Loading...

Tag: farm bill

Web Site To Know: Food & Water Watch

I’ve signed up for dozens of farm and food e-mail subscriptions, and a few have proven their worth magnificently when it comes to eating and drinking better. Get to know Food & Water Watch.

Vote For Real Food: Learn How Food Friendly Your Political Representatives Are

We’ve been treading water in a pool of political juices for awhile, so I apologize for stirring the legislative pot, but food policy has become a political topic. And now we have a tool to help us decide which levers to pull. A new organization, Food Policy Action (FPA), seeks to keep us in-the-know on how well our national government representatives support (or fail to support) important food policy decisions.

Hidden Costs of the Farm Bill

The 2012 Farm Bill is currently being debated in Congress, and it’s going to have a massive impact on our food system from what farmers plant and grow, how they do it to grocery shelves and what’s on your dinner plate. But do you know the hidden costs obscured by the bill’s monster $500 billion price tag? And that between 2008 and 2010 the Farm Bill gave eight times more in subsidies to commodity crops than to fruits, nuts and vegetables? Find out what action consumers can take and check out this new infographic from TakePart.com.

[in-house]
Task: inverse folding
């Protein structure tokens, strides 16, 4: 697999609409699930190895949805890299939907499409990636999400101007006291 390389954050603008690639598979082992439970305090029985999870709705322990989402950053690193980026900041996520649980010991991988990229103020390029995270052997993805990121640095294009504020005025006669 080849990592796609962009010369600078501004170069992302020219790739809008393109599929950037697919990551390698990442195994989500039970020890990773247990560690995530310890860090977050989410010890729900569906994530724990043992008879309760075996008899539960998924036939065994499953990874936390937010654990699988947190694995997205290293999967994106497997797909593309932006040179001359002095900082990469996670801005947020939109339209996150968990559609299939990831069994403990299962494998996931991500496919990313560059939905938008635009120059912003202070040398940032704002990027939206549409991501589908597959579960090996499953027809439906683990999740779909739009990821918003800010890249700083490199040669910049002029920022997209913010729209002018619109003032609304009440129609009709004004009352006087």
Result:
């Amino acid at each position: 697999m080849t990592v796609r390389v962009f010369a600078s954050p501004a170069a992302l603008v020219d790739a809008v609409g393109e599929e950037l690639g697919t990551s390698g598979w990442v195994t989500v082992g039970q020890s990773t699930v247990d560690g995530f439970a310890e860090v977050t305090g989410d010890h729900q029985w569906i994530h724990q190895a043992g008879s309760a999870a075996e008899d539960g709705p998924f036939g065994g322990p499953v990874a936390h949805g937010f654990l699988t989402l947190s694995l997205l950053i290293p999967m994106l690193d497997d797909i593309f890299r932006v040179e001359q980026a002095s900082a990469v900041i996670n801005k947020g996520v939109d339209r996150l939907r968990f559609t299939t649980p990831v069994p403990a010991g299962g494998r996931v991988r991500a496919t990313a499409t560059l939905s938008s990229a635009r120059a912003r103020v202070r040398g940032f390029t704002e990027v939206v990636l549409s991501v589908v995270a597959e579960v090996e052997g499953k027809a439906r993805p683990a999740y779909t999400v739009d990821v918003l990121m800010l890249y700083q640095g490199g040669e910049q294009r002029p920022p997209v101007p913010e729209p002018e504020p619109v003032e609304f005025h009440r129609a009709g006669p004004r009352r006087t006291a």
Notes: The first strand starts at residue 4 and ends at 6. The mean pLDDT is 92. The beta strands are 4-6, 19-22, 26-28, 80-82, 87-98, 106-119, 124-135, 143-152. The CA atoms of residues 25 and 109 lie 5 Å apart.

Take Action: Demand a Better Farm Bill

The farm bill – legislation that makes all the difference when it comes to your food – is about to come up for debate on the Senate floor. This is your chance to turn the farm bill into a healthier food bill!

Big Meat and How the Farm Bill is Bad for Farmers

In this eye-opening TED Talk, Food & Water Watch’s Wenona Hauter talks about a side of meat production that most folks probably don’t know much about: contract farming. In contract situations, huge meat producers, like Tyson Chicken, contract with small farmers to produce their meat. Don’t let the term “small farmers” fool you – these are factory farms. What happens, is that companies like Tyson make big profits while leaving the farmers in debt and responsible for the massive amounts of waste that factory farming creates. This talk is definitely worth the 11 minutes.